Surprisingly, the design of the circuit matters as well when choosing an adhesive system. If the circuit will be single-sided (one layer of copper) or double-sided (two layers of copper), then either adhesive system will perform equally well, all other criteria being equal. However, if the design will be a multi-layered circuit, then the characteristics of the adhesive have a significant effect. Small plated through-holes less than 8 mils in diameter may also have an effect on the performance of the circuit if the wrong adhesive is chosen.
As you can see, there is a lot to consider when deciding on an adhesive-based system for your flexible circuit. Now, let’s discuss some of the properties for both types of systems and see how they relate to the discussion above.
Acrylic Adhesive: Pros and Cons
Acrylic adhesive is the best choice for dynamic applications because it stays malleable after it is cured. That is its most valuable characteristic. That is, unless, it must be flame retardant. In order for acrylic adhesive to com-ply with UL94 V.0, brominated flame retardants must be added which reduces the reliability for dynamic flexing. It reduces the thermal stability as well. Acrylics do not perform well at higher temperatures either. The material starts to soften in the 180–200°C range, which can cause delamination of the insulating layers as well as the copper traces. Acrylic doesn’t per-form well for wire bond designs either. The softer adhesive tends to absorb the ultrasonic wire bonding energy causing difficulties in the assembly process. And finally, it has a higher coefficient of expansion. This causes movement in the Z-axis which means that it is not a good choice for multilayer circuits because of the damage that could be done to plated through-holes.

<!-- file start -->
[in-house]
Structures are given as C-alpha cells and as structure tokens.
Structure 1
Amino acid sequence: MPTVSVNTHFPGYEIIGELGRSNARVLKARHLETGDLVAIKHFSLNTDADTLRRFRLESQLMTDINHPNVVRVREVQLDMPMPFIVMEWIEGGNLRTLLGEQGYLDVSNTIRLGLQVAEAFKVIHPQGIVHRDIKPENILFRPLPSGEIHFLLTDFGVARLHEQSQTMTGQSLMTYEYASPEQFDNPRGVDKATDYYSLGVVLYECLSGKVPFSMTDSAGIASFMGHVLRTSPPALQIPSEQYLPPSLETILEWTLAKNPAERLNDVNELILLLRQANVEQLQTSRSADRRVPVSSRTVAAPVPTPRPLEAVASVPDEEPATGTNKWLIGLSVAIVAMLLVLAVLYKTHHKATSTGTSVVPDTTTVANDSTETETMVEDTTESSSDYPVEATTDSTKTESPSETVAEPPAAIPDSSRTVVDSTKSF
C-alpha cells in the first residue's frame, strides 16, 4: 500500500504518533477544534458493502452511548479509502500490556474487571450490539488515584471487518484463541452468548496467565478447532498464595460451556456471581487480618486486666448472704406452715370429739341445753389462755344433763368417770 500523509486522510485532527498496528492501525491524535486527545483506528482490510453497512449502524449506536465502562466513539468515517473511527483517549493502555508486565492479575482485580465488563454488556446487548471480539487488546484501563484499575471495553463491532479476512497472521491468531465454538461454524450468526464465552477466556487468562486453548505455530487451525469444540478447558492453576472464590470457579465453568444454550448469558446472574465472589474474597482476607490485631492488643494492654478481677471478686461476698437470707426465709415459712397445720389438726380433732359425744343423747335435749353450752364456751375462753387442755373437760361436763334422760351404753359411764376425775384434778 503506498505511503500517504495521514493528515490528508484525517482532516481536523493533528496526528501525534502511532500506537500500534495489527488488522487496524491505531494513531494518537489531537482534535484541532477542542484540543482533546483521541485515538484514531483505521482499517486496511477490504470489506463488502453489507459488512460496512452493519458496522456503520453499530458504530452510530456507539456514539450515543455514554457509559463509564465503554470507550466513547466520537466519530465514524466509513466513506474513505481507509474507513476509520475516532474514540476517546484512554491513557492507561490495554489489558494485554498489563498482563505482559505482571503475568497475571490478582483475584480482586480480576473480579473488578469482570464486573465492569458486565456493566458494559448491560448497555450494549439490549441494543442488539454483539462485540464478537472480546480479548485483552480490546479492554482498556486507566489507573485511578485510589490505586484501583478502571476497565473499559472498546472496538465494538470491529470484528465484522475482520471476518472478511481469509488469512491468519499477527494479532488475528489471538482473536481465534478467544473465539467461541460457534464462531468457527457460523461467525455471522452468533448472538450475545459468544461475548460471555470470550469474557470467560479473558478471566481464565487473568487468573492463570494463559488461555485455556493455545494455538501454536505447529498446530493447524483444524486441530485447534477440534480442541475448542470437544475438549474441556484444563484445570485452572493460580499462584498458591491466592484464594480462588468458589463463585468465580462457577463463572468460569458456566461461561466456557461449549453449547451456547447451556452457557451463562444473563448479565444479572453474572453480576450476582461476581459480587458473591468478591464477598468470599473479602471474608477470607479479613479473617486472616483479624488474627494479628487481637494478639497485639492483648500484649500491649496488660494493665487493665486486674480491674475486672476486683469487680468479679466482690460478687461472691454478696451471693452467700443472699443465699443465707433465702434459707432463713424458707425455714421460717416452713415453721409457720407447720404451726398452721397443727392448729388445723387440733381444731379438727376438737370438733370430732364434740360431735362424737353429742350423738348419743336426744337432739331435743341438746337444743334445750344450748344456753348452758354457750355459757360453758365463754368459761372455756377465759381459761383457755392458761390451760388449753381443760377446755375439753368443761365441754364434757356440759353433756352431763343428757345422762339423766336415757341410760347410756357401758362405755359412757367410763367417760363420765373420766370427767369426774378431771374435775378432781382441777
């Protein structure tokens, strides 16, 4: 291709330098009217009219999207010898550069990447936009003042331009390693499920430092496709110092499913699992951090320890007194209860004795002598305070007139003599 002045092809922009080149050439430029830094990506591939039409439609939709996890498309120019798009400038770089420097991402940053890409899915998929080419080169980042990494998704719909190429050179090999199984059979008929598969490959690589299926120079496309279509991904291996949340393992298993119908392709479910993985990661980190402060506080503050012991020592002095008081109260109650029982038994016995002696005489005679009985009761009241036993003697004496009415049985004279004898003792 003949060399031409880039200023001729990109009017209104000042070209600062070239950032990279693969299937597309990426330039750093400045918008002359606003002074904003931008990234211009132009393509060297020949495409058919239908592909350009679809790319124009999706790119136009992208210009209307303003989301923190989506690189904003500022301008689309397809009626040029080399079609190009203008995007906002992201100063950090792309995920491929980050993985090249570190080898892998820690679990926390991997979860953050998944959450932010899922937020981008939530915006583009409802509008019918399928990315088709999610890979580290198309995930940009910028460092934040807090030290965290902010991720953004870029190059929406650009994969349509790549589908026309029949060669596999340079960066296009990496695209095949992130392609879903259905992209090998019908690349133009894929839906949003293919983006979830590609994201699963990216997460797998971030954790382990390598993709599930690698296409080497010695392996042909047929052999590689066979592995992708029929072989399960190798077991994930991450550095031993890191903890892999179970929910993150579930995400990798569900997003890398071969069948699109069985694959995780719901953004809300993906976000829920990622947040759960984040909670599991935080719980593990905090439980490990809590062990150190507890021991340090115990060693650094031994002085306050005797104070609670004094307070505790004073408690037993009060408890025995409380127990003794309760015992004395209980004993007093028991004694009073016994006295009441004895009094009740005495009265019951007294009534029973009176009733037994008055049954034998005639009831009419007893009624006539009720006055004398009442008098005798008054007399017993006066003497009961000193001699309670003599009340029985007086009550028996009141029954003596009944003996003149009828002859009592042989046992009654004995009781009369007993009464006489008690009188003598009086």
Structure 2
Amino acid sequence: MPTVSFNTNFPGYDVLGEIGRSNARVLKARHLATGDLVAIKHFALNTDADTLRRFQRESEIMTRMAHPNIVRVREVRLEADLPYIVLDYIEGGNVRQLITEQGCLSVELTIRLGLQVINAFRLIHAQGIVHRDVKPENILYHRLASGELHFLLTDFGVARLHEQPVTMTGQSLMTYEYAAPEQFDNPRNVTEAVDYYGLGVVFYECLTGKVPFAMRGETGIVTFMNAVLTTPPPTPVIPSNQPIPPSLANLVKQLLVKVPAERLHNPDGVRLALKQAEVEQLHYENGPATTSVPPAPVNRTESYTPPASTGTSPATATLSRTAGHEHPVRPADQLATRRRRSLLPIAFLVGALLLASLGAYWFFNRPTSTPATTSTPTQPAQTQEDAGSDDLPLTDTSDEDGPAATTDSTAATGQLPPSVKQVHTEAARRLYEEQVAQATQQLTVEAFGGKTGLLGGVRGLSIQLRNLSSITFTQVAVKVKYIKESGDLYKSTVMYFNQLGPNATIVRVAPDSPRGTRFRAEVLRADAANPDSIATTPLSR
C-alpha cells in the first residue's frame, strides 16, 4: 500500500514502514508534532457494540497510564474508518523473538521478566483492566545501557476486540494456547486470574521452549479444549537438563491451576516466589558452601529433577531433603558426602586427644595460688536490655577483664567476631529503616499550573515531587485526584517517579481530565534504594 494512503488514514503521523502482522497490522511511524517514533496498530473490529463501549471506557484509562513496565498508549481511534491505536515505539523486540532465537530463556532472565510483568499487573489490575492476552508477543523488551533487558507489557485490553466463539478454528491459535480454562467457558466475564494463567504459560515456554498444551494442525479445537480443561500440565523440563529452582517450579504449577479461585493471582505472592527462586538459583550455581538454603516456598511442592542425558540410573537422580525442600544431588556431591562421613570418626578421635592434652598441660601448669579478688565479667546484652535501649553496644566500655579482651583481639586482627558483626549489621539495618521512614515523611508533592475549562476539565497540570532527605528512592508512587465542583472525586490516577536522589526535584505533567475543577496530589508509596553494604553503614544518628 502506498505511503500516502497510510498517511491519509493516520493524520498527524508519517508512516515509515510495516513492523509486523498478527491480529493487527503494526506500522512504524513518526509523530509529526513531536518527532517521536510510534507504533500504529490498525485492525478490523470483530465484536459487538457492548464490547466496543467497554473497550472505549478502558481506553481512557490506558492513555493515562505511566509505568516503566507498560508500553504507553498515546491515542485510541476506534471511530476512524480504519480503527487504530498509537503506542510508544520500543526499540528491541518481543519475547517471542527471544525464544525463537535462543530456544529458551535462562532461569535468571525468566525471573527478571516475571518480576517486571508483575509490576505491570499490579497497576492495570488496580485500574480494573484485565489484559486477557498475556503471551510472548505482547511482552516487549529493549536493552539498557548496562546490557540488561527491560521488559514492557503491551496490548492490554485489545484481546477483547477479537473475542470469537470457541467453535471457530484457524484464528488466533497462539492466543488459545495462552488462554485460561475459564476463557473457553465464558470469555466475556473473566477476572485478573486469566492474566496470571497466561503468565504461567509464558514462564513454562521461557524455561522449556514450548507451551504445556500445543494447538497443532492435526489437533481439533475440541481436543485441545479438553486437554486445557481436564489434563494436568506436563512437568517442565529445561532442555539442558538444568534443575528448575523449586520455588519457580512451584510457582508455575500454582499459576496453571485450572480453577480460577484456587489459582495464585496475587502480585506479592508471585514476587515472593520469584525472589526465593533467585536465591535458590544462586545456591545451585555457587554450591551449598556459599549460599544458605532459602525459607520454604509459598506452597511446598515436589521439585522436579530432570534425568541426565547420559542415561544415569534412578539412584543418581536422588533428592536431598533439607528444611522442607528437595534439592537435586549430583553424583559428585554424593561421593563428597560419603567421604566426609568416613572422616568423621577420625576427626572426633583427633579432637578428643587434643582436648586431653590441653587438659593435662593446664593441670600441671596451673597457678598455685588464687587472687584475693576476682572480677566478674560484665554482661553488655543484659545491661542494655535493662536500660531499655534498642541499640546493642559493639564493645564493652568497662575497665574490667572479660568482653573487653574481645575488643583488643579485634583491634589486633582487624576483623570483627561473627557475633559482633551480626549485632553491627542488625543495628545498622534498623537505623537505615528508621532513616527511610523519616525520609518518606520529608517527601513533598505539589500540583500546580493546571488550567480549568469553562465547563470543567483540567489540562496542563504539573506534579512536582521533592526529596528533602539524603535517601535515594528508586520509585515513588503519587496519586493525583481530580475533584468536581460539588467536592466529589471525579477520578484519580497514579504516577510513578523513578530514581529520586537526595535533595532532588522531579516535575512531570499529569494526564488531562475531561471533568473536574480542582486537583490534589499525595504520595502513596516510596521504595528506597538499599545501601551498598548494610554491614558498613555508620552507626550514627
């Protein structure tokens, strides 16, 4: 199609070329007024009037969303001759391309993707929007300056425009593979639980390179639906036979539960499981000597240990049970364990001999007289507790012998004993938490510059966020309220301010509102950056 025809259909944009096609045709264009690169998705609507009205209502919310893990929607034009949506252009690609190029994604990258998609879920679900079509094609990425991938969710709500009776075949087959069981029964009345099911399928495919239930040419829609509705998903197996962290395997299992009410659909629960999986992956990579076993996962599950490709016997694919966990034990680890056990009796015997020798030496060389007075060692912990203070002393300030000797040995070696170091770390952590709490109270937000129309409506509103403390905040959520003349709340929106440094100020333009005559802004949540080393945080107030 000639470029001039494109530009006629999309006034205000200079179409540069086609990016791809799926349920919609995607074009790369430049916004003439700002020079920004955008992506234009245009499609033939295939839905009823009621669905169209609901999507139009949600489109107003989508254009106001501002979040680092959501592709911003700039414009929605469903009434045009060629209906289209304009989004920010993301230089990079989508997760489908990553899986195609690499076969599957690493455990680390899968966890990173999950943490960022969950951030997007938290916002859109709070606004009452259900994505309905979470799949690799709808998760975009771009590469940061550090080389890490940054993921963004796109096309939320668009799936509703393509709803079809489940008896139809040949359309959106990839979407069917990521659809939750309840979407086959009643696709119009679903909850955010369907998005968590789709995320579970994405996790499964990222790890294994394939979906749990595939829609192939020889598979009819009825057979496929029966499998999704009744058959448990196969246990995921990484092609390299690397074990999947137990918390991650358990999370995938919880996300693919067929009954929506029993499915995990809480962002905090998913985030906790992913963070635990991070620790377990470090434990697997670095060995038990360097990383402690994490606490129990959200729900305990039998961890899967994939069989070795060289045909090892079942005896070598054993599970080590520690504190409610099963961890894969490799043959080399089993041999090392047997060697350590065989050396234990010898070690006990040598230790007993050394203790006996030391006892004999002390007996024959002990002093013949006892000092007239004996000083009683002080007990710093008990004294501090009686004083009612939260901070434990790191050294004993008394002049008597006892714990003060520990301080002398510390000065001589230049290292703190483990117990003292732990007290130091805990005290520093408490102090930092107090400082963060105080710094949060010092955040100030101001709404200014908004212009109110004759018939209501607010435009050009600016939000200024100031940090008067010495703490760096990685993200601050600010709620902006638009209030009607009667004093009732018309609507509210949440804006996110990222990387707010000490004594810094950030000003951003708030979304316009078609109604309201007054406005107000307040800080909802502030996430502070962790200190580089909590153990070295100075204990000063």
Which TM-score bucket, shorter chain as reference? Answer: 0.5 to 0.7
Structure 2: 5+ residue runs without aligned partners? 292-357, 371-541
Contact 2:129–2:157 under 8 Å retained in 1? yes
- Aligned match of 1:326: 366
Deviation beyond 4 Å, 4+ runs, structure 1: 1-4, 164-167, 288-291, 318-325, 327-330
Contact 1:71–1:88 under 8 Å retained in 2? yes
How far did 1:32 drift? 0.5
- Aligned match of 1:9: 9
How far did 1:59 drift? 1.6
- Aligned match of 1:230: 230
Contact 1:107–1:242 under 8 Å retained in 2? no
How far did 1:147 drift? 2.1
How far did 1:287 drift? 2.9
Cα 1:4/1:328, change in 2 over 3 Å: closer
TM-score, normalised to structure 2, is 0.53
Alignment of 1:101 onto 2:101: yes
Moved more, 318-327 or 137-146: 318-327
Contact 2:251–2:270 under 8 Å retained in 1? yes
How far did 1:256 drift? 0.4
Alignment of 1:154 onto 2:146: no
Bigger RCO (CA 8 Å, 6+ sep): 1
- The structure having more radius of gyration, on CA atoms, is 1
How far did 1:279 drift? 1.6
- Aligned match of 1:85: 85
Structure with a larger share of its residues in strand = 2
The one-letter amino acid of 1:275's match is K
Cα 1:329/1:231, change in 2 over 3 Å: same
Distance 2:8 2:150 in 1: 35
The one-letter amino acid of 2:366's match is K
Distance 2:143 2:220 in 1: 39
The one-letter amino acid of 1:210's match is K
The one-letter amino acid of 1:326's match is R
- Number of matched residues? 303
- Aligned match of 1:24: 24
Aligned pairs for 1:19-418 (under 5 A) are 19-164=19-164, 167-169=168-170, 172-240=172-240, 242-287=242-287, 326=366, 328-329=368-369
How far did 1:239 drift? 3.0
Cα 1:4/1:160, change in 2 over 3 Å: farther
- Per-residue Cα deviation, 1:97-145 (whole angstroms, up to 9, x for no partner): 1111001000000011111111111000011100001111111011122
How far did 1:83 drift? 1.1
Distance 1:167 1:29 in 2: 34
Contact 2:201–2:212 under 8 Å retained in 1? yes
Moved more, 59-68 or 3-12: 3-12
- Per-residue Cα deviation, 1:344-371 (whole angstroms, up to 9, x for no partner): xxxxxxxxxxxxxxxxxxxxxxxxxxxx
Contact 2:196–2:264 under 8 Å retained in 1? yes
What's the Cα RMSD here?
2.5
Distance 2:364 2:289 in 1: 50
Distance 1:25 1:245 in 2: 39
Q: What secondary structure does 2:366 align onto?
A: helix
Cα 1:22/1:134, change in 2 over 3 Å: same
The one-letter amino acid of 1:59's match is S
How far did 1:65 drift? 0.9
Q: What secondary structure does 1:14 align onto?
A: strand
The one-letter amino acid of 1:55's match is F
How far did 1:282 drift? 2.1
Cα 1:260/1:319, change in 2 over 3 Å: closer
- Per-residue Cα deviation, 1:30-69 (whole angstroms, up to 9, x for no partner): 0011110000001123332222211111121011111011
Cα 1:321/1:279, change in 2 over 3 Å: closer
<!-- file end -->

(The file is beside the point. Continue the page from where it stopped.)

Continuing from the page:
Epoxy Adhesive: Pros and Cons
Epoxy adhesive, on the other hand, is not a good choice for dynamic operations because it cures hard. However, that makes it a better choice for a lot of other applications. For instance, it has the best bond strength at high temperatures and has a low coefficient of expansion, making it a great choice for multi-layer designs and circuits that will reside in higher temperatures. It is also very good for wire bond designs because it cures hard and doesn’t absorb the ultrasonic energy the way acrylic adhesives do. Epoxy-based adhesives have great chemical resistance and better mois-ture absorption rates making it a good choice for medical applications and moisture sensors of all kinds.
Using Acrylic and Epoxy in the Same Design
In the case of a multilayer rigid-flex hybrid circuit, both adhesives may be used in the same circuit. For instance, the flexible portion of the circuit may use acrylic adhesive for flexibility and the multilayer rigid section may use epoxy adhesive because of its increased stability.
Reliability of Acrylic vs. Epoxy
Clearly, both types of adhesive systems have their ideal uses. Both are reliable and perform well as long as the applications they’re used in are considered carefully. Both adhesives are used frequently to manufacture flexible circuits. Some designers insist on acrylic adhesives because the first vendor they worked with called it out on their design.
However, it’s prudent to consider the application and the specifications seriously before you decide on an adhesive system for your flexible circuit application. There are times when either system will work equally well and times when the decision means the difference between a robust circuit or one that performs poorly without an obvious cause. Consider this the next time you design a flex-ible circuit.